“How much longer until we can move forward.”
Those words coming from Jody Lishchynsky, a resident a Waterways who’s been told she might not be able to rebuild in the area.
At a Here for You information session Tuesday night, the Recovery Task Force gave an update on the slope stability assessment being done in the area.
“Where are we going to go, really, I don’t know,” added Lishchynsky.
The report showed a big part of the community, Zone 1, is safe to rebuild on, with these homeowners allowed to immediately get their permits and start their construction.
Zone 2, can potentially be rebuilt on, with homeowners being recommended to conduct a geotechnical investigation of the property to ensure the safest spot to construct their home or building.
Zone 3 is being split into two areas, the yellow and red areas (see map below). The yellow area highlights properties with a high risk of slope movement. If homeowners decide to return, they can’t have a pool, decorative ponds or in-ground sprinklers system.
For homeowners in the red area, along Cliff Avenue, they will have to wait for council to decide what will happen as this neighbourhood is at the highest risk.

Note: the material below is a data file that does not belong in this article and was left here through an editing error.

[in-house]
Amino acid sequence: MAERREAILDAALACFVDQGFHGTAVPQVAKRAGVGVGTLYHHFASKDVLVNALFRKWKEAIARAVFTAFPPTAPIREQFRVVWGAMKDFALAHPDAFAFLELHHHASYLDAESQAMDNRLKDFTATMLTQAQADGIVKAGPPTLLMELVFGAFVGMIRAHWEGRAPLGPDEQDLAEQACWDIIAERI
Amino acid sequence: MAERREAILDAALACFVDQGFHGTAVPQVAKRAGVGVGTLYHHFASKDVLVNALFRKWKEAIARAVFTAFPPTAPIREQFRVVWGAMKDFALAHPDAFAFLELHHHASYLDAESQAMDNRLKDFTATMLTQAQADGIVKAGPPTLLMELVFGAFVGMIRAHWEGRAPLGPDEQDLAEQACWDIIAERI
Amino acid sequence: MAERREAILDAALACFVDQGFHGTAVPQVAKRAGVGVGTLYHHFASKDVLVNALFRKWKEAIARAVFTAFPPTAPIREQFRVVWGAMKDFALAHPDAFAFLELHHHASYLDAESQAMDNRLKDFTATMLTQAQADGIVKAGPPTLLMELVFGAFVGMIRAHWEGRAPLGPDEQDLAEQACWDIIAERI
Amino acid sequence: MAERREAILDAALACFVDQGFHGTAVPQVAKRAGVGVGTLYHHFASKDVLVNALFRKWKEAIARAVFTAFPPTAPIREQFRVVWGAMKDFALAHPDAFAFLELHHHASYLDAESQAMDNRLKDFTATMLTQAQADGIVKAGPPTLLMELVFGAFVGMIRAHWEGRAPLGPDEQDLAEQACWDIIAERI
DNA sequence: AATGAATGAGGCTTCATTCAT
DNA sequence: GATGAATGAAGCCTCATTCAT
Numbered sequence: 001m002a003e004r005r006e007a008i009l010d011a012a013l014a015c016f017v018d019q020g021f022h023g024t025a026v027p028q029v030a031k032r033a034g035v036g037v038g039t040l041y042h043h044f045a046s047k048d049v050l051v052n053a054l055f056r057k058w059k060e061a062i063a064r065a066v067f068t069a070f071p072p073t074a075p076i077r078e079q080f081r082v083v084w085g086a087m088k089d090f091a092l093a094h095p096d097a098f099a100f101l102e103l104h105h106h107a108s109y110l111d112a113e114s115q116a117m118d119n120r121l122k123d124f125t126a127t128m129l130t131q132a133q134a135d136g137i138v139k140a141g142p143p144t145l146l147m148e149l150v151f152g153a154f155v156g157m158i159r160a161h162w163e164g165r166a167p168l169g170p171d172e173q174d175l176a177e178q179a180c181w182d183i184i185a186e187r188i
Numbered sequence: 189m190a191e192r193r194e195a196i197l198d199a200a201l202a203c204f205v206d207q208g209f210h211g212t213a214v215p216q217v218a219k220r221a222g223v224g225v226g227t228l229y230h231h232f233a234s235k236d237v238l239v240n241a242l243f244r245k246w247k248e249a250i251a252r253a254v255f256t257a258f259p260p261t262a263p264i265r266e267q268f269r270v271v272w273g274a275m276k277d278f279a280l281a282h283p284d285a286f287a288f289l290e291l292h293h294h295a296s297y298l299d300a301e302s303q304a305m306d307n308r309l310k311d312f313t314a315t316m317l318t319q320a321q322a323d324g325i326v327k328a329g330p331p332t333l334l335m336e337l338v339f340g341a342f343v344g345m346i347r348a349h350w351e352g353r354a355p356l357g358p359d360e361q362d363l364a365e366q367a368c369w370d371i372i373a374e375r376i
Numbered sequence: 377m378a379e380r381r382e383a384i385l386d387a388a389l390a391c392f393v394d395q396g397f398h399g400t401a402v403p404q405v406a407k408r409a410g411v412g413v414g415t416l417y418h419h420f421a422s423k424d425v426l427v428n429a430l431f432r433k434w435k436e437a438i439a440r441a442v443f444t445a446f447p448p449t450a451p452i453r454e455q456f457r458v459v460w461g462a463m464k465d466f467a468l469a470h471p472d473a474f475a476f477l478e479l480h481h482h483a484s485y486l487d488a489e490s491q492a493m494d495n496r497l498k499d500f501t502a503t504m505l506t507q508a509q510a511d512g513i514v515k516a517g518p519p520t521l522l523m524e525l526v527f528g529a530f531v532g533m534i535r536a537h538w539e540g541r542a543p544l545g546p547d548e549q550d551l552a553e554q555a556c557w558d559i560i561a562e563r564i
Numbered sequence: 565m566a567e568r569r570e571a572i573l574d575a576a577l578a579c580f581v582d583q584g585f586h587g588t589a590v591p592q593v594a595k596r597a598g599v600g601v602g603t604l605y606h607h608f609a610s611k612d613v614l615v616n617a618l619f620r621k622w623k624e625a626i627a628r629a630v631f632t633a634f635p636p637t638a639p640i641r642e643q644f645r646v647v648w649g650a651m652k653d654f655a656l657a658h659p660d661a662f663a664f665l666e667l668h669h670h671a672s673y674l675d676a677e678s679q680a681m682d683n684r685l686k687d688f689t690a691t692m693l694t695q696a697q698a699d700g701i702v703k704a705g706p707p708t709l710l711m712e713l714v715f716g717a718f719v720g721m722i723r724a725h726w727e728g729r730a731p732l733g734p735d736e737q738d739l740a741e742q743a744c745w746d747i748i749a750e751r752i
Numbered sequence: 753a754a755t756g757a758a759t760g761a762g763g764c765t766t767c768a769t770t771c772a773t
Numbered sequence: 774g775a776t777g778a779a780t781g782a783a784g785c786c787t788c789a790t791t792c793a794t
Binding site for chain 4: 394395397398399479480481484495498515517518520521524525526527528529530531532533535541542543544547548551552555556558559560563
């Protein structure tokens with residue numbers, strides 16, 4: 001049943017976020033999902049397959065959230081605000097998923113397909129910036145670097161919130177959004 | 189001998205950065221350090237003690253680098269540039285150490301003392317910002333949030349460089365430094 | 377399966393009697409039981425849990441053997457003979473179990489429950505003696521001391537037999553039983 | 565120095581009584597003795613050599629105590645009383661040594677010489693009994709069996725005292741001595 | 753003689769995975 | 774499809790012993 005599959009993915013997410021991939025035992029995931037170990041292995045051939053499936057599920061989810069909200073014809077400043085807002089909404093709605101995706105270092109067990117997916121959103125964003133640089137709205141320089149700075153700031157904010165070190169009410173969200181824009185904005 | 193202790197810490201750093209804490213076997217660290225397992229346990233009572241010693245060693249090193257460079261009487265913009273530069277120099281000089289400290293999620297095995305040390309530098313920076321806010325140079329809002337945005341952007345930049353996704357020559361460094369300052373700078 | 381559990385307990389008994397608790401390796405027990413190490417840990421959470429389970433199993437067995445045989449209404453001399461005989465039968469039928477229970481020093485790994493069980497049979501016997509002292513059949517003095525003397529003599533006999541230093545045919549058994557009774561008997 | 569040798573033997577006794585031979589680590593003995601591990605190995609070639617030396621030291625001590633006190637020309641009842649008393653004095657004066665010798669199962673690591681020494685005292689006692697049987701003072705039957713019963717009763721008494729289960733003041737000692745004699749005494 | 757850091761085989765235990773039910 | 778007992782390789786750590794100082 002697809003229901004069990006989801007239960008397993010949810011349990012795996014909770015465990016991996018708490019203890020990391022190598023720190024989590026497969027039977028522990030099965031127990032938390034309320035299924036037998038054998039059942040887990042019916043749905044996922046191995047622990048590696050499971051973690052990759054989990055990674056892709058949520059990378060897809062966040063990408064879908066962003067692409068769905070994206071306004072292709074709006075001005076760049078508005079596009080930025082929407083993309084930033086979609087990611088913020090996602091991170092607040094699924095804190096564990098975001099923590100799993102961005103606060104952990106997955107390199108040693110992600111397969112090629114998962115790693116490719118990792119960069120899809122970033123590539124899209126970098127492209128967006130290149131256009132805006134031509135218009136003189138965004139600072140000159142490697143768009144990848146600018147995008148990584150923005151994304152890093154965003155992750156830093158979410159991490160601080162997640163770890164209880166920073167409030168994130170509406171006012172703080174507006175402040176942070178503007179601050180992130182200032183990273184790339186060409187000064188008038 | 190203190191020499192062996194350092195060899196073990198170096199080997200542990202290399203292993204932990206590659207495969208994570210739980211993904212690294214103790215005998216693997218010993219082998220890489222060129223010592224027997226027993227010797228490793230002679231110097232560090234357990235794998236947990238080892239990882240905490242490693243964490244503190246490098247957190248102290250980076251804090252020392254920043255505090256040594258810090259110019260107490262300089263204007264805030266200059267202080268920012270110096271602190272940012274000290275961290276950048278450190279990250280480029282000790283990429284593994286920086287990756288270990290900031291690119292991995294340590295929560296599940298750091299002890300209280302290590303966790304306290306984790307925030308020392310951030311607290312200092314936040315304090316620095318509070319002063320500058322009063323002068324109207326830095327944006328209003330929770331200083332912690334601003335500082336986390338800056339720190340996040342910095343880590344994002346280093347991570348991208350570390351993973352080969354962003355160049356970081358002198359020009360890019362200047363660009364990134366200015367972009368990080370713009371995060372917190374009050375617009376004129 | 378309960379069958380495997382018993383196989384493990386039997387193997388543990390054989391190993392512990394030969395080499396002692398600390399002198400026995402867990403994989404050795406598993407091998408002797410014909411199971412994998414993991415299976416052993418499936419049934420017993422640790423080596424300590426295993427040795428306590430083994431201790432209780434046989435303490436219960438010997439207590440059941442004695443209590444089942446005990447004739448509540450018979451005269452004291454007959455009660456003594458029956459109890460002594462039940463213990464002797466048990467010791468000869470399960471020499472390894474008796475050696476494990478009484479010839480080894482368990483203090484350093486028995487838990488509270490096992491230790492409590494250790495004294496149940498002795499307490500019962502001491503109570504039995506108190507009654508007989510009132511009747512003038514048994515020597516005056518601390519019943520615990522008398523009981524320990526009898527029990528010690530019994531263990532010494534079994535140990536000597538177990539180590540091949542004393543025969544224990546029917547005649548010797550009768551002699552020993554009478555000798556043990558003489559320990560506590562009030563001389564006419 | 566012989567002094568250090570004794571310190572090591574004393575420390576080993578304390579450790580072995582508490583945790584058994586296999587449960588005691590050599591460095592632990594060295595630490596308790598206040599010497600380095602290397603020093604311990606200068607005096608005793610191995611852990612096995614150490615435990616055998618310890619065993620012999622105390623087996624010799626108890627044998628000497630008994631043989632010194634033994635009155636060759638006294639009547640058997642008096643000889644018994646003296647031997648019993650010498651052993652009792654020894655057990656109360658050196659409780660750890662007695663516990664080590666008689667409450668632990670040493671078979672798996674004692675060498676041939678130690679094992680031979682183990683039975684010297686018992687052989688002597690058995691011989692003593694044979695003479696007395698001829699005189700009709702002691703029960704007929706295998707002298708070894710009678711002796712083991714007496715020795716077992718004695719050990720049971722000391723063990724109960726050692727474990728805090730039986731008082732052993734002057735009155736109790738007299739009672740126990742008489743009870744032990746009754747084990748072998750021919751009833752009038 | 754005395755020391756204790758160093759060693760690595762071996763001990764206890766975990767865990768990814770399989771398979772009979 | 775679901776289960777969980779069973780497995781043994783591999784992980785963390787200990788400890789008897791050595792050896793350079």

There are 18 homes in this zone, eight had homes pre-fire with three lots being owned by the municipality. One home is still standing.
The first would be to warn and restrict, allowing residents to rebuild with certain limitations, only after knowing the risks. Property walls would need to be retaining walls to protect the excavated area.
The second would add a series of retaining walls around the Cliff Avenue, which could possibly push the rebuild back one year.
“Finding out that it would be a year or two delay was hard to take,” said Lishchynsky. “Who can wait that long, it would nice if we could snap our fingers and it be done and we could start building our homes back.”
The third would see the municipality buy the properties, mitigate them which could improve the slope stability in the other zones.
“They would know that the rebuild is not going forward,” said Erin O’Neill, Operations Manager with the Wood Buffalo Task Force. “Site-specific appraisals would be done on their lots and they would work through that process of the municipality acquiring those properties.”
These owners could also see some costs along the way as they would only be paid for their lots value.
The Wood Buffalo Recovery Committee will be discussing the assessment, Wednesday night. The Task Force is recommending they complete an analysis of the options and present it to council no later than March 22.